Fiddler in the Subway

Michael Mechanic has an interesting interview up today on Mother Jones with Gene Weingarten: “Secrets of a Two-Time Pulitzer Winner.” Weingarten has a book coming out entitled Fiddler in the Subway, a collection of essays he wrote for The Washington Post and the WaPo magazine. After you read Mechanic’s piece, come back here to read the four Weingarten pieces, all of them excellent:

The aforementioned fiddler/violinist is Joshua Bell, whose concert at Suntory Hall in Tokyo is worth watching/hearing in full (part 1 of 5 is linked). For relaxing times, make it Suntory time.

Are you still hard up for reading material? I’m doing my best here. Last week was great because the NYT treated us to five days of Errol Morris’ fascinating series “The Anosognosic’s Dilemma.” I’ve linked to part one, where we’re introduced to the Dunning-Kruger effect:

“…If you’re incompetent, you can’t know you’re incompetent… When you’re incompetent, the skills you need to produce a right answer are exactly the skills you need to recognize what a right answer is.”

The analogy is to anosognosia, or the disorder where a paralytic can’t/won’t recognize that they’re paralyzed. As if I weren’t already depressed about man’s mental faculties (pace Descartes), we also get this gem from Newsweek‘s Sharon Begley:

One of the strongest, most-repeated findings in the psychology of belief is that once people have been told X, especially if X is shocking, if they are later told, “No, we were wrong about X,” most people still believe X.

God help us; it’s a wonder we can tie our shoes in the morning. By the way, if you’re interested in more of Errol Morris-esque inquiries into “unknown unknowns” (Rumsfeld), I’d highly recommend the book The Black Swan by Nassim Nicholas Taleb — it is, unlike the faux-revelations of Malcolm Gladwell, a true paradigm-shifting (I use that word deliberately) work. Plus, Taleb will spare you years of agony having to learn the same things via the poker table… trust me, reading is quite preferable to bad beats in Texas hold ’em.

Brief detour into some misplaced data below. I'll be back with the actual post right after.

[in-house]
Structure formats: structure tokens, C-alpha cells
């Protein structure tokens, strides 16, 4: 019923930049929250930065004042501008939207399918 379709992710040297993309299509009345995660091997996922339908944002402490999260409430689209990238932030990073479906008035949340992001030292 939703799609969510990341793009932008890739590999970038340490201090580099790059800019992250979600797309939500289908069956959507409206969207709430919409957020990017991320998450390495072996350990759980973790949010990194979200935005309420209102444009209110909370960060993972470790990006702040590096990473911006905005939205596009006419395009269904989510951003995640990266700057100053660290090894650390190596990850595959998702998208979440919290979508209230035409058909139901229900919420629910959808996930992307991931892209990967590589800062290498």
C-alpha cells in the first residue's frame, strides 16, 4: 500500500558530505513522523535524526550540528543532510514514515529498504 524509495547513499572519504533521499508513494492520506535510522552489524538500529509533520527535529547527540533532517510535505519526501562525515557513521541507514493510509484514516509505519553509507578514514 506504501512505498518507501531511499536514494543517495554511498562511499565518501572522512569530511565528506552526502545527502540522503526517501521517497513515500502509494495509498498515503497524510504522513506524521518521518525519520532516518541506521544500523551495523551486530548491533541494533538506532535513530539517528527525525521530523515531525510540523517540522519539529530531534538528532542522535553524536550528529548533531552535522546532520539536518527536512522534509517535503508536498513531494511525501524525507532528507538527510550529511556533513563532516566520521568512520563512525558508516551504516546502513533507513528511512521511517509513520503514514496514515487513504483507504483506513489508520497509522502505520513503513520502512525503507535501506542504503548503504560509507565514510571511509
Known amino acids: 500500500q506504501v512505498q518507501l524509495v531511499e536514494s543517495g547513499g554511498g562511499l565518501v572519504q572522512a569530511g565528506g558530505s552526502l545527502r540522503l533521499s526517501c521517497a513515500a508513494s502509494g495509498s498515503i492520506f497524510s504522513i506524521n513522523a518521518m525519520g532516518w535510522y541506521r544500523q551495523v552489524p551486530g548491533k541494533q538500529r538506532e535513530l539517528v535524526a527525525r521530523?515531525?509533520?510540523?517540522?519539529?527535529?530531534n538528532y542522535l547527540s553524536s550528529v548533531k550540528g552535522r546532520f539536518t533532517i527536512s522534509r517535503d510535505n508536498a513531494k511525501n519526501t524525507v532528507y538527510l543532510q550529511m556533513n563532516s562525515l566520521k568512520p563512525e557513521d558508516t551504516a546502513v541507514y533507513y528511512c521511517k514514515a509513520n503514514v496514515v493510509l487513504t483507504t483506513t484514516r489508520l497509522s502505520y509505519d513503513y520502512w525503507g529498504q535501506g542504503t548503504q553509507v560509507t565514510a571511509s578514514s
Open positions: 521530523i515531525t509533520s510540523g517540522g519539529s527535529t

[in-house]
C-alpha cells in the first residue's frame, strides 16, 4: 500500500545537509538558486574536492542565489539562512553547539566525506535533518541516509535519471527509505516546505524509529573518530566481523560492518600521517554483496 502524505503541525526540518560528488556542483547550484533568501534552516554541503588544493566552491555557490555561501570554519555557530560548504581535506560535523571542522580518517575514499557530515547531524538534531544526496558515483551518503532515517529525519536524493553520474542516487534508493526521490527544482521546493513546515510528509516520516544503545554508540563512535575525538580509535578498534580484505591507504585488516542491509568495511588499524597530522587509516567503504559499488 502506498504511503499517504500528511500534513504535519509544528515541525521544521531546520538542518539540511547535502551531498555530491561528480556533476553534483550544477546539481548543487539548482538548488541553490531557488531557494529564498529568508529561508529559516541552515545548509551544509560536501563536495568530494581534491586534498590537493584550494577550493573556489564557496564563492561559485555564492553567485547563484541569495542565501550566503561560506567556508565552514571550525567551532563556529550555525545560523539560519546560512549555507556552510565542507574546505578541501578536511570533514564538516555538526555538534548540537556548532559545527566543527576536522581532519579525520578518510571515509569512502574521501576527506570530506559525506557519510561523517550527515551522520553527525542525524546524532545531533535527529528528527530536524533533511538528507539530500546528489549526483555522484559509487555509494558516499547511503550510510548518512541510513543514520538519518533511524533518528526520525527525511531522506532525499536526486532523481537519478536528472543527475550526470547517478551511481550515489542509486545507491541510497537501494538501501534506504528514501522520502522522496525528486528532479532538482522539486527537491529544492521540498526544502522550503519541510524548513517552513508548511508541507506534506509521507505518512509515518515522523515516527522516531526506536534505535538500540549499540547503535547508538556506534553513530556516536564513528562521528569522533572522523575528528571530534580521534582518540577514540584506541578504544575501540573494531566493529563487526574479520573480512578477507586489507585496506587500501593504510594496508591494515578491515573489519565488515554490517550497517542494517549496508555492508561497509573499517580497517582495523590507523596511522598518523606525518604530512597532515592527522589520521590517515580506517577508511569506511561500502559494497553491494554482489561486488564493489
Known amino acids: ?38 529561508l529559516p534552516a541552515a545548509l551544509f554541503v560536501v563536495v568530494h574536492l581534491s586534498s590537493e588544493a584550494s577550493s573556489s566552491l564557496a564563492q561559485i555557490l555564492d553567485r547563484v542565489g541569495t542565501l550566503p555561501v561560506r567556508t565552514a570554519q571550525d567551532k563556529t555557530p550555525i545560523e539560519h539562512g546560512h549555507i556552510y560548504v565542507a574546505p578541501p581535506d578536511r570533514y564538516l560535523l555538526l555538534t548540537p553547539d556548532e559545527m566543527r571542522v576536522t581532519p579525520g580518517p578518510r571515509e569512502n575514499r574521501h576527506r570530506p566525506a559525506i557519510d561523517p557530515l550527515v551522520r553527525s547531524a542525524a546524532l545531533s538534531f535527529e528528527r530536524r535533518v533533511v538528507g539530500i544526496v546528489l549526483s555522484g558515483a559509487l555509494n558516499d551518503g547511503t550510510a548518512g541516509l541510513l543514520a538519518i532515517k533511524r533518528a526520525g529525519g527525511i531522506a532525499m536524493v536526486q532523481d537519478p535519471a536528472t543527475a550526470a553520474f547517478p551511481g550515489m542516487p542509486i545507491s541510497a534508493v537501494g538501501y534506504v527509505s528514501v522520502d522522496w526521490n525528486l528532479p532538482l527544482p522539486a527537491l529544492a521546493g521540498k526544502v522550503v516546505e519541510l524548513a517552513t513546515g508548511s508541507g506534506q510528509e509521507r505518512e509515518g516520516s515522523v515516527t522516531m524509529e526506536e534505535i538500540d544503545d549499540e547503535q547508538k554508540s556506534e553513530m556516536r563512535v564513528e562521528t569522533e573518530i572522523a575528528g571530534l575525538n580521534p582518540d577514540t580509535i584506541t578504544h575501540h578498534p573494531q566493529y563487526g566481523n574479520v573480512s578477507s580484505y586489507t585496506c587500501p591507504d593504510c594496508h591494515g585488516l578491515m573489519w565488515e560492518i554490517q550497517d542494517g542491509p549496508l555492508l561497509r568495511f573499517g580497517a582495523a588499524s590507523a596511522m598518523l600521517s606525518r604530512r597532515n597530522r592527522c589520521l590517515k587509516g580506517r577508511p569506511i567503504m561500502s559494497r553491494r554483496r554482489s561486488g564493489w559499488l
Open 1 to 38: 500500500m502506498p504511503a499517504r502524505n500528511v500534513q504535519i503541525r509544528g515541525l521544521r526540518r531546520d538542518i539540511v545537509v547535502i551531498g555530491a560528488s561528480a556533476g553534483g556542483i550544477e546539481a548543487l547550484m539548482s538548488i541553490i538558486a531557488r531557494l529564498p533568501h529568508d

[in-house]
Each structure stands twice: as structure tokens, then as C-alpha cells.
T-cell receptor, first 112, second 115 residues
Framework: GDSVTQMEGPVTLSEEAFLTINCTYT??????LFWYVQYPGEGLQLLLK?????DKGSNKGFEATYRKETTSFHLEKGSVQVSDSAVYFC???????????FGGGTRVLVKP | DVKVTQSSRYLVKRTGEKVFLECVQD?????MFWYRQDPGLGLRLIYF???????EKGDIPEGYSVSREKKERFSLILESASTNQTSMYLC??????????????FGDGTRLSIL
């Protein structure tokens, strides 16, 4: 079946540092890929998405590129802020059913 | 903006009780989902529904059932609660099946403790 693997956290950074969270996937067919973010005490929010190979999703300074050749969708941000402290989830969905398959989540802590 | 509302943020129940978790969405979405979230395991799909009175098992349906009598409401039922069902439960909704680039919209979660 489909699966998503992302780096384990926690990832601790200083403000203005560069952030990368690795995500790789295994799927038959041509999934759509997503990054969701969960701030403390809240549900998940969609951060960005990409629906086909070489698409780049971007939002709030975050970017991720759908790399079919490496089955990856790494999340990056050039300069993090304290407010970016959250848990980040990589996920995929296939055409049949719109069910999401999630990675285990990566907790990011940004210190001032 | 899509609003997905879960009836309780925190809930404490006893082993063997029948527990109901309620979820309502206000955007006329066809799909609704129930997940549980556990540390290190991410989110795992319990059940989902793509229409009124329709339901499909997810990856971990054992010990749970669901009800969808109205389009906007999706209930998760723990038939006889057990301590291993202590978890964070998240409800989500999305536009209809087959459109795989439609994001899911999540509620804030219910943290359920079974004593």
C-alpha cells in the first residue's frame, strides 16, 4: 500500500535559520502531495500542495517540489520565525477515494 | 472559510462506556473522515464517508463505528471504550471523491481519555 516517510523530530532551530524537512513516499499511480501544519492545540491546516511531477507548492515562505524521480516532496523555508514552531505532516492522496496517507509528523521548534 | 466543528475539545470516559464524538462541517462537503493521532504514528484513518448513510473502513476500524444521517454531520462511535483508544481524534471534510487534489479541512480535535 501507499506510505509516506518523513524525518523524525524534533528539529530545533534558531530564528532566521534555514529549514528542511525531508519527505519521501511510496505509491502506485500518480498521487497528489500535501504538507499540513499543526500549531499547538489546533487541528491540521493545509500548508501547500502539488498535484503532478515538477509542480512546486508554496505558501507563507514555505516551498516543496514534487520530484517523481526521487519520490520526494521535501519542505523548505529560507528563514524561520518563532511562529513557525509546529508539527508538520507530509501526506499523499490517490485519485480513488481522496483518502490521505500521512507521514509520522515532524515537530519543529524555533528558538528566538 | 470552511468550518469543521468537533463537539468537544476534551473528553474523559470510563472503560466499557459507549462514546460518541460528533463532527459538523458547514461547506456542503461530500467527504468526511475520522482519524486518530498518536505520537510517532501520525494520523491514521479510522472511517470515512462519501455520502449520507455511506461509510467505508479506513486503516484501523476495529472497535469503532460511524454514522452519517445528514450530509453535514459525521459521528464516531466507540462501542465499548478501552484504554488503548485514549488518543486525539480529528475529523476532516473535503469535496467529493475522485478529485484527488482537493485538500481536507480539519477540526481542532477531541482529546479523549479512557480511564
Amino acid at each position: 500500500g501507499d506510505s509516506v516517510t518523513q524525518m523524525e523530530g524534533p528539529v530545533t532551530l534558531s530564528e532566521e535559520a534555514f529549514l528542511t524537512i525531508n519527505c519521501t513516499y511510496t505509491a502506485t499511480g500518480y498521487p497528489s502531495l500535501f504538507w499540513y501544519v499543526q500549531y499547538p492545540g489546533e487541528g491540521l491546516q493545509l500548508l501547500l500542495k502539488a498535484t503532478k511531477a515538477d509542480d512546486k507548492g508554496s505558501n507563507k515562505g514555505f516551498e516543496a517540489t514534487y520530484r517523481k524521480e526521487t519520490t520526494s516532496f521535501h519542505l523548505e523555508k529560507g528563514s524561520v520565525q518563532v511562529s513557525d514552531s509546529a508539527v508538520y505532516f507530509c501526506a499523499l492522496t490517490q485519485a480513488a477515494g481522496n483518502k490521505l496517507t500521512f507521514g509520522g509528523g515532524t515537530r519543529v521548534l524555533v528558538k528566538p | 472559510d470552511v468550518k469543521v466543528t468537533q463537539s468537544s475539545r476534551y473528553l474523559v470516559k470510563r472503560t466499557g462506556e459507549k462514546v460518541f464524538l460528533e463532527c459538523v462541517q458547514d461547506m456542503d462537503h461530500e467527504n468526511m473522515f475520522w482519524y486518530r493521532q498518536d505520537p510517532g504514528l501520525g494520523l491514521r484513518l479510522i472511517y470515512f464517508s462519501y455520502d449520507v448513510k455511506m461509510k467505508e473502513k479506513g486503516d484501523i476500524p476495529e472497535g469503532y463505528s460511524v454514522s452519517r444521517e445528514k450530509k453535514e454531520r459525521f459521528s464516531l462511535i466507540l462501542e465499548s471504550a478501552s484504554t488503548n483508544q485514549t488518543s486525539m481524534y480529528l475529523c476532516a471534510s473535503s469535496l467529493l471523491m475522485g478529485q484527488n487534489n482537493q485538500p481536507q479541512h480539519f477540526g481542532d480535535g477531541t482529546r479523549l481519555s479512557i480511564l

‘Tis a Pity Geivett is so Ignorant

Epistemology – most English-users have never seen this word before, or heard it pronounced. ‘Tis a pity. Weighing in a twelve letters and six syllables, its heft suggests that something large is at stake.”

The above paragraph characterizes the rigorous philosophy R. Douglas Geivett does in his weak defense of foundationalism, “Is God a Story? Postmodernity and the Task of Theology” in Christianity and the Postmodern Turn. You know you’ve found a winner when he’s counting letters instead of examining the real issues.

The Ir/rationality of Absolute Certainty

The conversation this afternoon in Epistemology was over this question:

Is it irrational to hold certain beliefs to be non-negotiable, absolute, come-what-may, no-matter-what-I’ll-believe?

Mrs. Guisleman says it isn’t, that it is inconceivable for there to be a proof proving, for example, that Christ did not rise from the dead or that Jesus is God (a couple of her no-matter-what beliefs).

I disagree, and believe that it’s an appeal to ignorance (just because you cannot think of possible opposing evidence does not mean it will never exist) and what were absolute non-negotiables at one time in Christianity (ie, beliefs that defined what a Christian was) are no longer held to be true at all, let alone no-matter-what beliefs (ex. indulgences).

Your take on it all?